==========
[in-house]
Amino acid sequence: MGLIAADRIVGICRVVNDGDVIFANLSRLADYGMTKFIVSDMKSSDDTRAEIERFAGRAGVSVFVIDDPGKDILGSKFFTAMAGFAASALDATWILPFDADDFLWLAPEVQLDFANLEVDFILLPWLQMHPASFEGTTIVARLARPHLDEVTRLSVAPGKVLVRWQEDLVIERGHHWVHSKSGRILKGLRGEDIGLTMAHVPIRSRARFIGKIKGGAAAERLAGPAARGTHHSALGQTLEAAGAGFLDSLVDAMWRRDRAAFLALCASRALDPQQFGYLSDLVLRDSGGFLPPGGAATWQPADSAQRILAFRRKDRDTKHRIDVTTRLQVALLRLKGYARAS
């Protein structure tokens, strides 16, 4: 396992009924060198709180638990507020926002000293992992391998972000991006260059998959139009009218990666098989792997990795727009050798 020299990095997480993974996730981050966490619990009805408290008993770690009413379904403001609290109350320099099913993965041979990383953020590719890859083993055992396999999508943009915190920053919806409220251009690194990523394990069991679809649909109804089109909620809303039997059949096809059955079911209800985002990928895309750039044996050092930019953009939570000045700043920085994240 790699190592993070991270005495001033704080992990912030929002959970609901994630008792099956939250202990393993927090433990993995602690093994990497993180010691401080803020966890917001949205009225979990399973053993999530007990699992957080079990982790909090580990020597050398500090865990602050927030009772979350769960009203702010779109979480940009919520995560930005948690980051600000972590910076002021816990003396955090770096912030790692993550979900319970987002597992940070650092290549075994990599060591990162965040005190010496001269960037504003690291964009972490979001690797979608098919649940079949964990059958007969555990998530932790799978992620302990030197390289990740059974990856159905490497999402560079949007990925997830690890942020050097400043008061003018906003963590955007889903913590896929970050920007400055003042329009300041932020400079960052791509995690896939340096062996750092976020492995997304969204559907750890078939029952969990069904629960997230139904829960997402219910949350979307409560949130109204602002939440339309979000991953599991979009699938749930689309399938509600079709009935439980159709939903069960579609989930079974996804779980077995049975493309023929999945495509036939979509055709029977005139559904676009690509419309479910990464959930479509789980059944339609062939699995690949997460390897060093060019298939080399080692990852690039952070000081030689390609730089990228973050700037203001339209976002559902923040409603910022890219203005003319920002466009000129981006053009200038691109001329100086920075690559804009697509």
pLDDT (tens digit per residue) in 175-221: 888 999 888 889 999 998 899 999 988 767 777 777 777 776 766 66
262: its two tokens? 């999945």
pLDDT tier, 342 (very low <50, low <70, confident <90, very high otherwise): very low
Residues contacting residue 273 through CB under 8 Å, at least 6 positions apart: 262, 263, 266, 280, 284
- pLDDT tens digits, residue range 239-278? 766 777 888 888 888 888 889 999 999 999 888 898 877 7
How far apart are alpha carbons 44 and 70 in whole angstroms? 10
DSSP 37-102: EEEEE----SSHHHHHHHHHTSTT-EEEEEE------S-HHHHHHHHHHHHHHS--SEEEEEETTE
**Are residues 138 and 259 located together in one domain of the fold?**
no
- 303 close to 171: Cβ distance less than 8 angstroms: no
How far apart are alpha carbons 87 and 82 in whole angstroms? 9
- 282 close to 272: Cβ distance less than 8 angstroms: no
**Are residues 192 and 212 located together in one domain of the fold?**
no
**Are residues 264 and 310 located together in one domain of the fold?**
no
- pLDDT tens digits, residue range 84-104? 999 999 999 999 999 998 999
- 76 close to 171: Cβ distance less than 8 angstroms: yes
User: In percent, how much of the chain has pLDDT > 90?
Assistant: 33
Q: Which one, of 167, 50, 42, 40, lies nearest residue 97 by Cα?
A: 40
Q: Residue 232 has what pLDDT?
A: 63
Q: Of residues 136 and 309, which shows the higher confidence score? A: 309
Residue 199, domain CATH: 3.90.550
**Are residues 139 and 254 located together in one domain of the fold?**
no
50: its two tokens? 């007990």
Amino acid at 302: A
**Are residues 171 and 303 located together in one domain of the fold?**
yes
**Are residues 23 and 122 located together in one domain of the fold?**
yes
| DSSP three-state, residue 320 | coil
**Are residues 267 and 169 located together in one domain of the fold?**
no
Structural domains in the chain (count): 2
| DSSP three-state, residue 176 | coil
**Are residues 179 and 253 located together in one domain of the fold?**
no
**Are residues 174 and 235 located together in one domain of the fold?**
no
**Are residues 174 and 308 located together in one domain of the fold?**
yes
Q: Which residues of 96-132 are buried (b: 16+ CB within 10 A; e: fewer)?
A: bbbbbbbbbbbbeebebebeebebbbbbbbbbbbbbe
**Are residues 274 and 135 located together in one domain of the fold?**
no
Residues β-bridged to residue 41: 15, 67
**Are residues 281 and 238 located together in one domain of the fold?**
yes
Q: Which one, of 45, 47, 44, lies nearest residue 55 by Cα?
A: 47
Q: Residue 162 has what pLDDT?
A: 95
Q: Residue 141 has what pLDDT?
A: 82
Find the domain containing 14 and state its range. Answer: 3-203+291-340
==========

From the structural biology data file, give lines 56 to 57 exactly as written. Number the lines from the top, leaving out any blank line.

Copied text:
Q: Which one, of 45, 47, 44, lies nearest residue 55 by Cα?
A: 47